Growing up in the '90s, there was no shortage of kid-friendly movie franchises to obsess over. Everything from Teenage Mutant Ninja Turtles to The Mighty Ducks to Aladdin was made into a trilogy, but one franchise put them all to shame based on its sheer volume. I'm talking, of course, about the 1992 classic, Beethoven. The movie about a mischief-prone (but lovable) St. Bernard and his exhausted family has spawned a whopping seven sequels so far, along with a gone-too-soon spin-off cartoon, so clearly there's love for the drooling pooch. But there's one fact about Beethoven you don't know.
When I say the name John Hughes, you probably think of the king of '80s teen movies thanks to classics he wrote like The Breakfast Club, Ferris Bueller's Day Off, Pretty in Pink, and Sixteen Candles. Or maybe his name conjures images of some of the great adult comedies of the '80s that he wrote, like Planes, Trains, and Automobiles, Uncle Buck, and the first three installments of the National Lampoon's Vacation series. But here's something you probably don't think of when you think of Hughes: Beethoven. That's right, the accomplished screenwriter penned this silly '90s kids movie about a dog — but there's a good reason why not many people know that.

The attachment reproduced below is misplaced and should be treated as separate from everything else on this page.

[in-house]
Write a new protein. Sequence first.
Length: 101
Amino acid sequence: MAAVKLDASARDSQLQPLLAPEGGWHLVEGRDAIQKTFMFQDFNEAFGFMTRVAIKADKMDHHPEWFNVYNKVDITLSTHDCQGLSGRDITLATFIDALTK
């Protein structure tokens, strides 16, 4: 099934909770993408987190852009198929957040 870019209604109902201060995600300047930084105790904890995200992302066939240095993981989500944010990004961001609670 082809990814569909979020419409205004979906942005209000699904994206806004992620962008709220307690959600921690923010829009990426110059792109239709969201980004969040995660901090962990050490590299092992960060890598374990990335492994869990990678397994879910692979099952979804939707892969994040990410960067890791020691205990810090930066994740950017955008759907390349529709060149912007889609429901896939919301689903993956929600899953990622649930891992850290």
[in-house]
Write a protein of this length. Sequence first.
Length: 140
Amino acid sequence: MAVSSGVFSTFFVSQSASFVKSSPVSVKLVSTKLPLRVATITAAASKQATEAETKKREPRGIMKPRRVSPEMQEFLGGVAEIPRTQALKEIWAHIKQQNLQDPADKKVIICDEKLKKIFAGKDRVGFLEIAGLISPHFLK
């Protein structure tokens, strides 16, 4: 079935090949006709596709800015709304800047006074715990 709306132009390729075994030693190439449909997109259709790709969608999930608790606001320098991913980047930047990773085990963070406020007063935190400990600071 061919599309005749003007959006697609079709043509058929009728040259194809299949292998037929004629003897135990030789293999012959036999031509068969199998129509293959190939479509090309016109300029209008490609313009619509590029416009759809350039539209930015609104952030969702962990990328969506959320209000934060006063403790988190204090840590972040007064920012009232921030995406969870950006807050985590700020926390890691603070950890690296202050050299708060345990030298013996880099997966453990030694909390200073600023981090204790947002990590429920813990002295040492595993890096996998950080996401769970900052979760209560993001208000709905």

Hughes actually wrote the movie under a pseudonym: Edmond Dantès. Fans of classic literature will recognize that name as the protagonist of the novel The Count of Monte Cristo, who uses the title of the book as his own false identity in his quest for revenge. So why would Hughes use a fake name? Was he also on a quest for revenge? Well, he wrote a lot, and some fans and critics believe he used the Dantès name for his less impressive work so as not to tarnish his brand. And while Beethoven was the first to get this treatment, it wasn't the last. There were two other films that were conceived by the late, great Edmond Dantès.
The first was Maid in Manhattan, a 2002 romantic comedy that starred Jennifer Lopez. Why Hughes would wait a decade before reviving his alter ego is a mystery, but there it was, popping up as a story credit for this film. Next was the Judd Apatow-produced comedy Drillbit Taylor in 2008. Again receiving a story credit as Edmond Dantès, this film was based on an unproduced treatment by Hughes, and was actually the final film credit for him (or Dantès) before his death in 2009 at the age of 59.
When you hear the name John Hughes, you may not think of the movie Beethoven, but you probably should because he's the one responsible for it. Though some credit should also be given to Alexandre Dumas... the author of The Count of Monte Cristo and creator of Edmond Dantès.
Images: Universal Pictures; Giphy